2022 was relatively quiet for Missouri employers, except for the buzz around recreational marijuana (forgive our pun). As explained in more detail below, the law does not limit Missouri employers from continuing to drug test and discipline employees who violate anti-use policies, with certain modifications for medicinal users. 2023 also brings a Missouri minimum wage rate hike, but we expect employees may still grumble, as this increase does not pace with inflation.
Recreational and Medical Marijuana
In November 2022, Missourians voted to amend the Missouri Constitution by legalizing recreational marijuana and modifying the existing medical marijuana law. The amendment, which went into effect December 8, 2022, does not provide any employment rights to users of recreational marijuana. Missouri employers can still prohibit and take an adverse employment action on the basis of recreational marijuana.
However, employers are now prohibited from discriminating against an employee with a medical marijuana card because he or she:
- possesses a medical marijuana card;
- lawfully uses marijuana off the employer’s premises during nonworking hours; or
- tests positive for marijuana, unless the employee used, possessed, or was under the influence of marijuana while working.
The prohibitions against discrimination do not apply if compliance would cause the employer to lose a monetary or licensing-related benefit under federal law. The prohibitions also do not apply to positions in which the legal use of marijuana affects the ability to perform job-related employment responsibilities, affects the safety of others, or conflicts with a bona fide occupational qualification that is reasonably related to the person’s employment.
Employers can continue to prohibit employees from working under the influence of marijuana and using or possessing marijuana on the employer’s property or during work hours. Employers can also continue to drug-test employees for marijuana, but they must do so with caution so as to not violate the changes related to medical marijuana. Missouri employers should review and potentially revise their drug-testing policies and practices to comply with the new law.
Missouri Minimum Wage
For the fifth year in a row, Missouri starts the new year with a new minimum wage. Effective January 1, 2023, the minimum wage increases to $12, up from $11.15 in 2022. The Missouri Department of Labor and Industrial Relations’ new minimum wage poster is available here.
Unlike Missouri, it was a busy year in Illinois with respect to new legislation and amendments to current laws affecting employee rights and employer obligations. As explained below, Illinois employers should plan to revise and amend employment policies regarding bereavement, rest and meal breaks, and EEO/anti-discrimination. Chicago-based employers also have expanded sexual harassment policy and training requirements in 2023.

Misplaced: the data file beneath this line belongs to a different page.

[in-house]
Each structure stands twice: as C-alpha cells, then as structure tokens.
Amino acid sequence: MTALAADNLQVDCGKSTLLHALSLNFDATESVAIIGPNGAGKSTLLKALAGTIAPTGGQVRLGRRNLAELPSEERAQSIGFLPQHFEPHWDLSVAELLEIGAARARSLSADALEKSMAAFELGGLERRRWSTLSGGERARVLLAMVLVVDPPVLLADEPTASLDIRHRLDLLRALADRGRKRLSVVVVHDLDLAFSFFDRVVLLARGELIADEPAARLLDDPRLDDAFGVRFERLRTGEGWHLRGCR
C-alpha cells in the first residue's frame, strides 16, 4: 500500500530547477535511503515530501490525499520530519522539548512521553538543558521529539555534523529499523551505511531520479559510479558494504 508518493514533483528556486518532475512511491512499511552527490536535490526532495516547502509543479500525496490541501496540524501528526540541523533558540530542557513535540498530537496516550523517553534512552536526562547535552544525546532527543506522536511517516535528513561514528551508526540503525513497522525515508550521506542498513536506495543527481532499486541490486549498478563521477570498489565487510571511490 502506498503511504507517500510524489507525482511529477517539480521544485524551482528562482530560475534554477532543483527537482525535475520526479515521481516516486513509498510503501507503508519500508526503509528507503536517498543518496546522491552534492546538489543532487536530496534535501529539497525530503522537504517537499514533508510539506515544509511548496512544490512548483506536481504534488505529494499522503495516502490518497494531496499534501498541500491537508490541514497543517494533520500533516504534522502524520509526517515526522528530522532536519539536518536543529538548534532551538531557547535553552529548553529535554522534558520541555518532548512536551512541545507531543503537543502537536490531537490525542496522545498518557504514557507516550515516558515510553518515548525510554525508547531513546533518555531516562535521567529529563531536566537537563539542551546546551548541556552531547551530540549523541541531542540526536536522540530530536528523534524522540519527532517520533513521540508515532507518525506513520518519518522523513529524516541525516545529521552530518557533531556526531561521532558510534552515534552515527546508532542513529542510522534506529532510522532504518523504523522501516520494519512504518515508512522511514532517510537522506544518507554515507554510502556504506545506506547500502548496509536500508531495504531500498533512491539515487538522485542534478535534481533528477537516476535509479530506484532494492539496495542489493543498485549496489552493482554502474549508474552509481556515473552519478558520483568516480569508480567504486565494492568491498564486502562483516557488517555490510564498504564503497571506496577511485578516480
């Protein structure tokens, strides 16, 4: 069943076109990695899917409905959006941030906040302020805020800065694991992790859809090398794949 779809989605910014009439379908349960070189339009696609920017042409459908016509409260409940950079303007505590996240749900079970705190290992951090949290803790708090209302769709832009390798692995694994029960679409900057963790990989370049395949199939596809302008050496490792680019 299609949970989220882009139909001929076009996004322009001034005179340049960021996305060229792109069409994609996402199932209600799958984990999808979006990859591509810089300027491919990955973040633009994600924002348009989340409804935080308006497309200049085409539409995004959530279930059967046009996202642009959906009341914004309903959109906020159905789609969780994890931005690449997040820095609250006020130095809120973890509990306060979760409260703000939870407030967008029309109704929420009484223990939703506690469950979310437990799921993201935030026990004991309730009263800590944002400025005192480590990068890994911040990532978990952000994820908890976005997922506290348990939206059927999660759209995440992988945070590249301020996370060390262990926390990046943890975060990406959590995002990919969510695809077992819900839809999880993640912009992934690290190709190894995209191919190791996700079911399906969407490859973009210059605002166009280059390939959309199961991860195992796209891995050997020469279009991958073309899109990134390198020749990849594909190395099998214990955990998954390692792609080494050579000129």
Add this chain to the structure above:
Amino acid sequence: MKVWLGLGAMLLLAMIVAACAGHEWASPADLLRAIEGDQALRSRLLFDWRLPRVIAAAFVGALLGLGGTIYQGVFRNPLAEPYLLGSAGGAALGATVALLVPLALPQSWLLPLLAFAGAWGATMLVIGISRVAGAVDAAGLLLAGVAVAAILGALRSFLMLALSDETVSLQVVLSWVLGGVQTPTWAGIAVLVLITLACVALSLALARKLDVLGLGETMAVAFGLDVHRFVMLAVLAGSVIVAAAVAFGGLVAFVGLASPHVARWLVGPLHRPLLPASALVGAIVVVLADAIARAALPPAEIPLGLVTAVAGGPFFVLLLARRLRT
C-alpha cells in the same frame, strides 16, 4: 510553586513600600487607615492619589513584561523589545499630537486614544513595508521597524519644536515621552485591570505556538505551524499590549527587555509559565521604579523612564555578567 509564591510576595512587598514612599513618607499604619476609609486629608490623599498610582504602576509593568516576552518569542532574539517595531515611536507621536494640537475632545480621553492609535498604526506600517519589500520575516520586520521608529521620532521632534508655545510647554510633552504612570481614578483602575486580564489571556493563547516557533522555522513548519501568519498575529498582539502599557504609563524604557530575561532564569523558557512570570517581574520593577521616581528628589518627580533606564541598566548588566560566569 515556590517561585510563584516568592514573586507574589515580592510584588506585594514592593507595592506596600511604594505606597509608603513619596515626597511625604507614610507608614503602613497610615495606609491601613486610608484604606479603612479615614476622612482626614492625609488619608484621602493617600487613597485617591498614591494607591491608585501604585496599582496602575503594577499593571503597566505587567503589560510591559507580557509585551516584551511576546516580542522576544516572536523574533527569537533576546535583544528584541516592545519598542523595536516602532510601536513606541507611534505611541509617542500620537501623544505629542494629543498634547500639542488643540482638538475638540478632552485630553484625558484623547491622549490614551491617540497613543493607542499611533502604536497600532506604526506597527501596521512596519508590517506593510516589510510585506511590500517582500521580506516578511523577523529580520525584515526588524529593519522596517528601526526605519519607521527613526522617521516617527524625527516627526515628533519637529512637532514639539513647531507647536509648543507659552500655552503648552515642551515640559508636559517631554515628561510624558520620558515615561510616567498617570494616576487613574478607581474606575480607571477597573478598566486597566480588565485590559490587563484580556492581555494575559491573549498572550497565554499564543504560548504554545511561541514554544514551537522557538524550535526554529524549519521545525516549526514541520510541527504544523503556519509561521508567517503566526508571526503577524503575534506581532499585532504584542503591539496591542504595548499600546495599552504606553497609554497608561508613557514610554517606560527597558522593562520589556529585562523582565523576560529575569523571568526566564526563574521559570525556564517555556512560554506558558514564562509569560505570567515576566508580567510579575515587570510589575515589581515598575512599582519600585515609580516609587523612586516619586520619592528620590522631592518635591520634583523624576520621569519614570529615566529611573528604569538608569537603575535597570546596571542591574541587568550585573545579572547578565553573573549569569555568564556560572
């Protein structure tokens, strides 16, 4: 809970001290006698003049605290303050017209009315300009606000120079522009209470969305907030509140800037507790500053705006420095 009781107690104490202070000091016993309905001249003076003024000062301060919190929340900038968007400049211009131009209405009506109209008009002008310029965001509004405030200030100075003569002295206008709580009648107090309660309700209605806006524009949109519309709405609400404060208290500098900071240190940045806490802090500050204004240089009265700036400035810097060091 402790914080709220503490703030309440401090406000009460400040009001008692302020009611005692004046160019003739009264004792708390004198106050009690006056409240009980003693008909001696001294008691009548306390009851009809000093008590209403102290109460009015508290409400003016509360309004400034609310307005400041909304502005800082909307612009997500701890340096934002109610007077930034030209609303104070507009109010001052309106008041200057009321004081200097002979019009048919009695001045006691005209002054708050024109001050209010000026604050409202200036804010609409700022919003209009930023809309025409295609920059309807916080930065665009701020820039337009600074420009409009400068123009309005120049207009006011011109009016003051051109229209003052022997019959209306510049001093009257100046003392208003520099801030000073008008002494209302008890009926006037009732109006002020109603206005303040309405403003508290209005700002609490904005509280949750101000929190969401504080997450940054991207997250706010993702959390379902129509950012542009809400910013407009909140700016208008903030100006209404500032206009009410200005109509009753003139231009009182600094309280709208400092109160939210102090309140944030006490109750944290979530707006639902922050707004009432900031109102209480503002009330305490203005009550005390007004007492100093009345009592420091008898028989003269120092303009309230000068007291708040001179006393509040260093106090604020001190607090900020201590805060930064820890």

Family Bereavement Leave Act
Effective January 1, 2023, the Child Bereavement Leave Act becomes the Family Bereavement Leave Act and expands the circumstances under which an employee can take bereavement leave. Now, an employee may use up to 10 workdays to attend the funeral, or alternative to a funeral, of a covered family member, to make arrangements necessitated by the death of a covered family member or to grieve the death of a covered family member. Covered family members include children, stepchildren, spouses, domestic partners, siblings, parents, parents-in-law, grandchildren, and grandparents and stepparents.
Bereavement leave may also be used for a miscarriage or pregnancy loss, an unsuccessful round of in vitro fertilization or a failed assisted reproductive technology procedure, a failed adoption match or an adoption that is not finalized because it is contested by another party, a failed surrogacy agreement, a diagnosis that negatively impacts pregnancy or fertility, or stillbirth. Importantly, employers that require employees to provide reasonable documentation supporting the need for bereavement leave for a fertility, pregnancy or adoption-related reason must use the form provided by the Illinois Department of Labor, which can be found here. In requesting reasonable documentation, employers cannot require employees to identify which category of event the leave fits.
As before, bereavement leave must be taken within 60 days after the date on which the employee receives notice of the qualifying event.
Effective January 1, 2023, the Create a Respectful and Open Workplace for Natural Hair (CROWN) Act (SB 3616) amends the definition of “race” under the Illinois Human Rights Act. Specifically, the amendment identifies that unlawful discrimination on the basis of race includes discrimination on the basis of traits associated with race, including hair texture and protective hairstyles such as braids, locks, and twists.
One Day Rest in Seven Act and Meal Breaks
On May 13, 2022, the One Day Rest in Seven Act was amended to require that employers give non-exempt employees 24 hours of rest in each consecutive seven-day period beginning January 1, 2023. Yet, while the Illinois Administrative Code provides that employees can voluntarily agree to work on the seventh day of the week, we recommend that the voluntary agreement to work the seventh day be clearly documented and signed by the employee. Employers can also request permits from the Illinois Department of Labor authorizing the employer to require employees to work on designated days of rest based on business necessity and economic viability.